As a junior in 2015, Moore II picked off three passes — two of which he returned for a touchdown — and earned All-GSC, All-Region and Second-Team USA College Football Division II All-American honors.

And at that point, for the first time, Moore II began to wonder: if I can improve like this each season, why not make a run at playing professionally in a couple years?

"I never counted myself out," Moore II said. "It was always, 'If that opportunity presented itself, I'm going to run right with it,' but as far as right now, I'm going to live in the moment and I'm going to work hard. That was pretty much my mindset."

Moore II was having a blast. But there he was again: every Saturday, when the Blazers were playing in front of the home crowd at Bazemore-Hyder Stadium, Kenneth Moore looked on, watching his son's every move; yet by the end of the fourth quarter, he was gone.

It was Thanksgiving Break in 2015, and Kenny Moore II was fast asleep.

"I had a dream we were hanging out," Moore II recalled.

"We" were Moore II and his dad.

And he couldn't get the thought out of his mind.

"I just remember being so happy when I woke up," Moore II said.

He felt an urge to reach out to his father, but he didn't know exactly how to approach the idea at first. After all, this was the man who for the better part of the last 15 years, Moore II thought, was keeping his distance.

Before he headed to class that day, Moore II contacted a cousin on his dad's side and asked: "'Do you think this is a good idea if I did this? Reach out to him and everything?' She was like, 'Yeah, I think that's a great idea.'"

Moore II then asked his cousin, Justin Williams, what he thought.

"He was happy for me because, obviously, they're on my dad's side. They want to see us communicate," Moore II said.

"So I did. I reached out to him."

What followed wasn't exactly some made-for-TV moment, but Moore II said his dad reacted about as positively as he could've ever imagined.

"If you really knew my dad, it was so casual. Not much emotion," Moore II said with a laugh. "It was just like, 'Yeah. When do you want to hang out?' Turns out I'm just like him."

Over the next few weeks, Moore II and his father would get together often. They'd grab dinner or just walk around, "goofing off," as Moore II described it.

The past 15 years? It was water under the bridge, as far as they were concerned. Moore II was elated.

"We didn't really have that much context," Moore II recalled. "We were just so glad that we were able to do this; that's pretty much how the conversation would go. … He didn't really get into everything about life. He was just saying how cool it is to see me play."

It's almost as if Moore II's dream had actually come true.

Just a few weeks into the new year in 2016, something just wasn't right with Kenneth Moore.

Just as soon as Kenny Moore II began the process of rebuilding a relationship with his father, Kenneth was all of a sudden hospitalized with kidney and liver failure — and deteriorating at a quick rate.

Moore II was right by his dad's side.

"I saw him every day in the hospital," he said.

Kenneth faded quickly. At first he could talk with his son, but then he could only look at him and acknowledge his presence.

And on Feb. 7, 2016, Kenneth Dale Moore's suffering finally ended.

First at the age of 4, and now at the age of 20, Moore II had lost his father once again — this time forever.

Because of that — and because of the brief nature of their reconciliation over the previous couple months — Moore II tried to put it all in perspective.

"I was grieving him before I started grieving him," Moore II said.

About to begin spring football practices for the final time in his college career in early 2016, Moore II was in a "dark place" following his father's death.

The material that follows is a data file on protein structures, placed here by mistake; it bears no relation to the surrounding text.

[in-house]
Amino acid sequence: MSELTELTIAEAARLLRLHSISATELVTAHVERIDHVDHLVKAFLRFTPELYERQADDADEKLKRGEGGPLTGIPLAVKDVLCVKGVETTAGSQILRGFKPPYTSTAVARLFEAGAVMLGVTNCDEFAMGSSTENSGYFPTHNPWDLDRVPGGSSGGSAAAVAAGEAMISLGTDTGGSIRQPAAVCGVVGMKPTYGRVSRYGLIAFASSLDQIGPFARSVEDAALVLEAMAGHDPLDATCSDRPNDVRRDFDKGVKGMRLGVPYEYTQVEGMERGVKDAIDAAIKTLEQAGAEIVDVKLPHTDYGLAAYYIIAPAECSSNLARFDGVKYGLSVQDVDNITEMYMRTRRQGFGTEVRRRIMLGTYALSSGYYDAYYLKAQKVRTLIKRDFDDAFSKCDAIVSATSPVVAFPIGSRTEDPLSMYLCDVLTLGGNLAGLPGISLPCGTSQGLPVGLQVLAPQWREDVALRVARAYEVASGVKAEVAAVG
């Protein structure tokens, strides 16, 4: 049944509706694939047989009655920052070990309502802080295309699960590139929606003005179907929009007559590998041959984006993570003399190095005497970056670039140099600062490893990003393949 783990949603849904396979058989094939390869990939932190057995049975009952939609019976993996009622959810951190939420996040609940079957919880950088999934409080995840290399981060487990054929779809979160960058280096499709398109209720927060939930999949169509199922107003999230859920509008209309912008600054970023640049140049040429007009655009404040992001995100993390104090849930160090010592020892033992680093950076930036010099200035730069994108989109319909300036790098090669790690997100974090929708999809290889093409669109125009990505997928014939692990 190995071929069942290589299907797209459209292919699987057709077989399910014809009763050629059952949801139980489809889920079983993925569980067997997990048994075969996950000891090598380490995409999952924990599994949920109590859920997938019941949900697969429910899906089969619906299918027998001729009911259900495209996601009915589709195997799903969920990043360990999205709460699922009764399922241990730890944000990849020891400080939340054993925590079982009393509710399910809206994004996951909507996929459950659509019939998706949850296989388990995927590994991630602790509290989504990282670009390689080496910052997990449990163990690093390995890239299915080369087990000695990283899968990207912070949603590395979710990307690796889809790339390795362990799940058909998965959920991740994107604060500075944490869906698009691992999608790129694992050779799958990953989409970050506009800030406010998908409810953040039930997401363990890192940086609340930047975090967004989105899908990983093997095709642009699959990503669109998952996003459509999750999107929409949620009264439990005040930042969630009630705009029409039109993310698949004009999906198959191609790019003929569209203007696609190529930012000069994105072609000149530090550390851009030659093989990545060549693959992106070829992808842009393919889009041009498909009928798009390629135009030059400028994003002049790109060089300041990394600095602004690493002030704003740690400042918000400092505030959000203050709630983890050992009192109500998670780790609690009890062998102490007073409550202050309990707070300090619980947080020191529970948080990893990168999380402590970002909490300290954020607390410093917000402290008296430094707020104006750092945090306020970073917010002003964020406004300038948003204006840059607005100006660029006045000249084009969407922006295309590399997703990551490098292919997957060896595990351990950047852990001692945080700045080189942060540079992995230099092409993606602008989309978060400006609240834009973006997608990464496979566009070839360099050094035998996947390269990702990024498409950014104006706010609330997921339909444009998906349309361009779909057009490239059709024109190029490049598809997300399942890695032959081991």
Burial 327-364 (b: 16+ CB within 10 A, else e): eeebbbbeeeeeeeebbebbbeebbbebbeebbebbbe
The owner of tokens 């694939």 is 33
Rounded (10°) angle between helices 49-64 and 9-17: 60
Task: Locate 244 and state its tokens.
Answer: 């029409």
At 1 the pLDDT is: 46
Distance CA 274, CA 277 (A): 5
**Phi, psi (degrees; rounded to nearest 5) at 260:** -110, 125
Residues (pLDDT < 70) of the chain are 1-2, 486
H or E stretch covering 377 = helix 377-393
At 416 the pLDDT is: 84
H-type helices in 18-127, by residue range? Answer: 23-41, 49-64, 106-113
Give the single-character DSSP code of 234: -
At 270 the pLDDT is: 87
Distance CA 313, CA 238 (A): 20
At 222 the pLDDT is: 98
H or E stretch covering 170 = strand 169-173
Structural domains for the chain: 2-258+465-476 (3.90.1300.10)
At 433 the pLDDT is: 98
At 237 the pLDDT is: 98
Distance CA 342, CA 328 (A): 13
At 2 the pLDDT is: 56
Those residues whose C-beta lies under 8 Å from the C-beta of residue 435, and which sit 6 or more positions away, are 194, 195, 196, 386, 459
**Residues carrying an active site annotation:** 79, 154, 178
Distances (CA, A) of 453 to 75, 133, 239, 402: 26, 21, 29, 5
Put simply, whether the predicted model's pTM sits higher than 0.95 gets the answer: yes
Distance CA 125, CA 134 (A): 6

Unable to shake the pain, Moore II didn't return to school for almost two months.

"I was in a very dark place, probably the darkest place of my life," Moore II said. "I was pretty depressed. I was pretty emotional during that time. It was one of those things where I didn't want it to end that way, that quickly."

A loved one's death also can bring with it the tedious task of going through their belongings, which can re-open wounds old and new.

But instead, waiting for Moore II at his dad's house was perhaps the best gift, the best surprise, he could've ever received.

"We went to his house and I saw all the articles and all the magazines that he had of me," Moore II said.

Like any proud parent, Kenneth Moore had been saving his son's every accomplishment for years on end. Moore II was blown away.

"That was nuts to me," Moore II said. "I was like, 'Dang, he kept up with me so much.' He kept up with me about things that like, maybe a game that I didn't really care about or, a game I really didn't think anyone cared about, but he cut it out and saved it. Everything."

He might not have known how to grapple with the emotions of being an estranged parent, but for all that time, Moore II's father, in his own way, was showing his son how much he really cared.

"He always supported me through the midst of everything that we were going through as a family," Moore II said. "And that's something that he really valued for me, was me being on the field. I respect that because he didn't really know how to express himself. And that's how he expressed how much he loved me, was to see me play and to cut out all those articles just to show everybody. I would hear people say he would take articles or pictures of me to work and show them to his coworkers, just to show me off.

"He was just that proud of what I was doing," Moore II continued, "and that's pretty cool to me."

In just a little more than four years since his father's passing, Moore II has transformed from a dime-a-dozen small-school college prospect into one of the top nickel cornerbacks in the National Football League.

Moore II moved to strong safety his senior year at Valdosta State, but the new position did little to impede his progress. He would pick off five passes and lead his team in tackles, interceptions and pass breakups, and earned American Football Coaches Association All-America honors.